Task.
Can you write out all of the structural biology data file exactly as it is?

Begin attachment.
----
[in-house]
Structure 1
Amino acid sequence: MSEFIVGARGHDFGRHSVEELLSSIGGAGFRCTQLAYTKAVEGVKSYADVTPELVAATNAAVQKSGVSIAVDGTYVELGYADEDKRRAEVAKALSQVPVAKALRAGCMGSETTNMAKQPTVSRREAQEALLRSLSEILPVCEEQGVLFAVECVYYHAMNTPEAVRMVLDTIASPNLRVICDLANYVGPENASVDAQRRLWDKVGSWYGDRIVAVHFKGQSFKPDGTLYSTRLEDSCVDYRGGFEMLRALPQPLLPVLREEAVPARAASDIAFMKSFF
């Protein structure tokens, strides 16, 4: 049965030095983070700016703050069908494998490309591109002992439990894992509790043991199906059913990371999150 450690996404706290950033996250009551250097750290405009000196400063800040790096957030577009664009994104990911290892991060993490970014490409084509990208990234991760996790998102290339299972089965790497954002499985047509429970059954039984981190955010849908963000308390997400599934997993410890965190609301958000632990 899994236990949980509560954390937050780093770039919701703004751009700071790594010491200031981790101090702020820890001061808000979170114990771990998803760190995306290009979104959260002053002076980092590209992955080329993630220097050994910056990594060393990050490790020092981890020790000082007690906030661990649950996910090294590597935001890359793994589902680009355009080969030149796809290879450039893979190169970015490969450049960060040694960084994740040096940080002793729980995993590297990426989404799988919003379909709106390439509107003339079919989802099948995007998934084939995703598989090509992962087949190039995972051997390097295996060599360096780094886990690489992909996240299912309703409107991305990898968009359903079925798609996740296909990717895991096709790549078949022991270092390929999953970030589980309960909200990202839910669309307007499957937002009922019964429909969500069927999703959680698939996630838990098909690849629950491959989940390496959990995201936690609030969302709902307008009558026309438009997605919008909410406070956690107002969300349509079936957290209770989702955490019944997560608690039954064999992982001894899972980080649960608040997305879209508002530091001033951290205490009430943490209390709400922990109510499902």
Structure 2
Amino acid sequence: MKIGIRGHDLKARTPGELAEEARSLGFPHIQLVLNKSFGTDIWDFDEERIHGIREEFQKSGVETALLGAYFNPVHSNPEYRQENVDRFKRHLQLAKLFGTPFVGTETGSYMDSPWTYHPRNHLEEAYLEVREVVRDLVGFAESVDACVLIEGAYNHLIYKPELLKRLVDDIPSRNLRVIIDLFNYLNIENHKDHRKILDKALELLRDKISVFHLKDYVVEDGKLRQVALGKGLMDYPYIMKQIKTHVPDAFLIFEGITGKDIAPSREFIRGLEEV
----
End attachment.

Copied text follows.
[in-house]
Structure 1
Amino acid sequence: MSEFIVGARGHDFGRHSVEELLSSIGGAGFRCTQLAYTKAVEGVKSYADVTPELVAATNAAVQKSGVSIAVDGTYVELGYADEDKRRAEVAKALSQVPVAKALRAGCMGSETTNMAKQPTVSRREAQEALLRSLSEILPVCEEQGVLFAVECVYYHAMNTPEAVRMVLDTIASPNLRVICDLANYVGPENASVDAQRRLWDKVGSWYGDRIVAVHFKGQSFKPDGTLYSTRLEDSCVDYRGGFEMLRALPQPLLPVLREEAVPARAASDIAFMKSFF
């Protein structure tokens, strides 16, 4: 049965030095983070700016703050069908494998490309591109002992439990894992509790043991199906059913990371999150 450690996404706290950033996250009551250097750290405009000196400063800040790096957030577009664009994104990911290892991060993490970014490409084509990208990234991760996790998102290339299972089965790497954002499985047509429970059954039984981190955010849908963000308390997400599934997993410890965190609301958000632990 899994236990949980509560954390937050780093770039919701703004751009700071790594010491200031981790101090702020820890001061808000979170114990771990998803760190995306290009979104959260002053002076980092590209992955080329993630220097050994910056990594060393990050490790020092981890020790000082007690906030661990649950996910090294590597935001890359793994589902680009355009080969030149796809290879450039893979190169970015490969450049960060040694960084994740040096940080002793729980995993590297990426989404799988919003379909709106390439509107003339079919989802099948995007998934084939995703598989090509992962087949190039995972051997390097295996060599360096780094886990690489992909996240299912309703409107991305990898968009359903079925798609996740296909990717895991096709790549078949022991270092390929999953970030589980309960909200990202839910669309307007499957937002009922019964429909969500069927999703959680698939996630838990098909690849629950491959989940390496959990995201936690609030969302709902307008009558026309438009997605919008909410406070956690107002969300349509079936957290209770989702955490019944997560608690039954064999992982001894899972980080649960608040997305879209508002530091001033951290205490009430943490209390709400922990109510499902």
Structure 2
Amino acid sequence: MKIGIRGHDLKARTPGELAEEARSLGFPHIQLVLNKSFGTDIWDFDEERIHGIREEFQKSGVETALLGAYFNPVHSNPEYRQENVDRFKRHLQLAKLFGTPFVGTETGSYMDSPWTYHPRNHLEEAYLEVREVVRDLVGFAESVDACVLIEGAYNHLIYKPELLKRLVDDIPSRNLRVIIDLFNYLNIENHKDHRKILDKALELLRDKISVFHLKDYVVEDGKLRQVALGKGLMDYPYIMKQIKTHVPDAFLIFEGITGKDIAPSREFIRGLEEV